Research will once again take center stage at St. George’s University this fall. After a two-year hiatus since a record-breaking turnout in 2019, the campus will host its 19th SGU Research Day and Phi Zeta Research Emphasis Day on Saturday, October 23, at Open and Upper Modica Hall.
This year’s event will feature Dr. Carissa Etienne, director of the Pan American Health Organization (PAHO), as the keynote speaker. For the first time, the event will include virtual presentations. The change will allow for collaborators, graduates, students, faculty, and alumni not located in Grenada to contribute, including those in the St. George’s University of Grenada School of Medicine/Northumbria University program in Newcastle, UK. Clinical faculty in the Schools of Medicine and Veterinary Medicine may also participate.
“Those who participate in research benefit, in that it makes them more holistic and impactful in their chosen field of study,” said Dr. Martin Forde, professor of environmental and occupational health in the Department of Public Health and Preventive Medicine. “One of the goals of Research Day is to allow our students to demonstrate that they are not only interested in gaining knowledge but in making meaningful contributions to the knowledge base of their chosen profession. Through it, they can demonstrate their ability to help answer questions that still are unanswered and highlight where we still need to dig deeper.”
Recognizing that research is an integral part of a university, SGU established the Medical Student Research Institute (MSRI) in 2009 to encourage, support, facilitate, and centralize medical student research during the four years of a student’s medical education. The MSRI offers medical students who have demonstrated academic excellence the opportunity to work on faculty-mentored research projects, and if their abstract is accepted to Research Day, they will qualify to be considered for a Distinction in Scholarly Activities award at graduation.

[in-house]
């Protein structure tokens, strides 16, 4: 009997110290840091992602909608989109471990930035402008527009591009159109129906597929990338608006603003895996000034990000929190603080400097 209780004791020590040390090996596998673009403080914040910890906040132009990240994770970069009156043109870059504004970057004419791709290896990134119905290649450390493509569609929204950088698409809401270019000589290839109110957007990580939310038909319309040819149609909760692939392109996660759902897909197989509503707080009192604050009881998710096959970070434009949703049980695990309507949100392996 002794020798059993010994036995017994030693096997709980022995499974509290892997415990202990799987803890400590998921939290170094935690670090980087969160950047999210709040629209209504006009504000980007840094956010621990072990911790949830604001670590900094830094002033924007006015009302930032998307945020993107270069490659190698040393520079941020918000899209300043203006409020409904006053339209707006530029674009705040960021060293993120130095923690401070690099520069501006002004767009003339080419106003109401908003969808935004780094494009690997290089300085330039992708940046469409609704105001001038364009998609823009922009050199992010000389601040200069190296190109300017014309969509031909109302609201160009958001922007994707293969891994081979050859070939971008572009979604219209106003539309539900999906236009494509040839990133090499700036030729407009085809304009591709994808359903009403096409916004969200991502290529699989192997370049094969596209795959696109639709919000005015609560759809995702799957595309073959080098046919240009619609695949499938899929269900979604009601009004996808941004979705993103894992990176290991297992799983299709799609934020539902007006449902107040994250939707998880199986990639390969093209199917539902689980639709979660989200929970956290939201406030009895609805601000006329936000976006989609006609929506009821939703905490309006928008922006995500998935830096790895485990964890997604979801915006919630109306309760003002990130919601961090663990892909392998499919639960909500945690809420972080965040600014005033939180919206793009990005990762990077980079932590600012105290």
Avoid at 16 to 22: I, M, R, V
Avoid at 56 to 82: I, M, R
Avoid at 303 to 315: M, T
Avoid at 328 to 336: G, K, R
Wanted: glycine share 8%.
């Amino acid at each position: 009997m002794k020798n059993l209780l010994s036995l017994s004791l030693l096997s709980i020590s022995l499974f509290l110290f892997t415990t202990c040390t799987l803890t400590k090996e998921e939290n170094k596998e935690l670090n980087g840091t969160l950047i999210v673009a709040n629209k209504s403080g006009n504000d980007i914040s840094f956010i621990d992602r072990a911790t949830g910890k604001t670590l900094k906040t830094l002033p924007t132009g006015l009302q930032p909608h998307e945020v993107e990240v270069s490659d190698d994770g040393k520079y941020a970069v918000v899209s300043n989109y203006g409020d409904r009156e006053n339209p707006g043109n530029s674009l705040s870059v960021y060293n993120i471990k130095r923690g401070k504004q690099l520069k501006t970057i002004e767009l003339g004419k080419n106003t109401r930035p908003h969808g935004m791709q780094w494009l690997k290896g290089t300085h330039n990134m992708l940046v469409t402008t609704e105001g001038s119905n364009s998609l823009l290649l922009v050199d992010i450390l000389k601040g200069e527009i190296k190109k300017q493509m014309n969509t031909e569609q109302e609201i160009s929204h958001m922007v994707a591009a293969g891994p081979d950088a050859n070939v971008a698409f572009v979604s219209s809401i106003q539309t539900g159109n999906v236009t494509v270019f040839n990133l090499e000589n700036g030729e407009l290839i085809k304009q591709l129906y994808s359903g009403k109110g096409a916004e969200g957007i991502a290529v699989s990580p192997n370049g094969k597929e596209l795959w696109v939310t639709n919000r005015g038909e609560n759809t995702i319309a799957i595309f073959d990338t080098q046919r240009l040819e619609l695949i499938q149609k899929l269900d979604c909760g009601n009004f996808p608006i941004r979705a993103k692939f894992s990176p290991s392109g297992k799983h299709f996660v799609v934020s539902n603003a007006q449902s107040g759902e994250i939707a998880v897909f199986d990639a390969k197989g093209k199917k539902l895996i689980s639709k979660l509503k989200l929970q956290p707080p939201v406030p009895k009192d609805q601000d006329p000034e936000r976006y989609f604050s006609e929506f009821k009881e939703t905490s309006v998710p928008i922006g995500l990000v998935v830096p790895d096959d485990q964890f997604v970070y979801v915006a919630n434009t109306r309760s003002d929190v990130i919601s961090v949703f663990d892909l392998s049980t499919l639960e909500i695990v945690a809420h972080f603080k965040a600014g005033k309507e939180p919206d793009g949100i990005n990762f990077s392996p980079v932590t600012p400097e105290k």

Recently appointed to head up the MSRI, Michael Montalbano, MD/MBA ’16, an assistant professor in the Department of Anatomical Sciences at SGU, revealed the goals he hopes to accomplish.
“I am very grateful to be given the opportunity to head the MSRI,” said Dr. Montalbano. “In my new role, I want the MSRI to give students the skills that accompany sound scientific approaches to complement the large volume of medical knowledge they learn from their classes. I believe that, armed with the proper cognitive exploratory tools, a student can better map out the dense territory of medical facts, make an informed clinical decision when faced with a choice of paths, and perhaps even start a trail of knowledge in previously uncharted terrain. In short, I want to not just keep curiosity alive but actively promote it.”
Call for Abstracts
Research Day is open to all. Those selected will have the opportunity to present their oral or poster presentations in a chance to compete for the title of best faculty or best student oral presentation, as well as best faculty or best student poster presentation based on originality, scientific merit, and level of involvement.
The SGU community is invited to send in abstracts on or before Monday, September 27. Please send submissions to Kareem Coomansingh at email@example.com.
– Ray-Donna Peters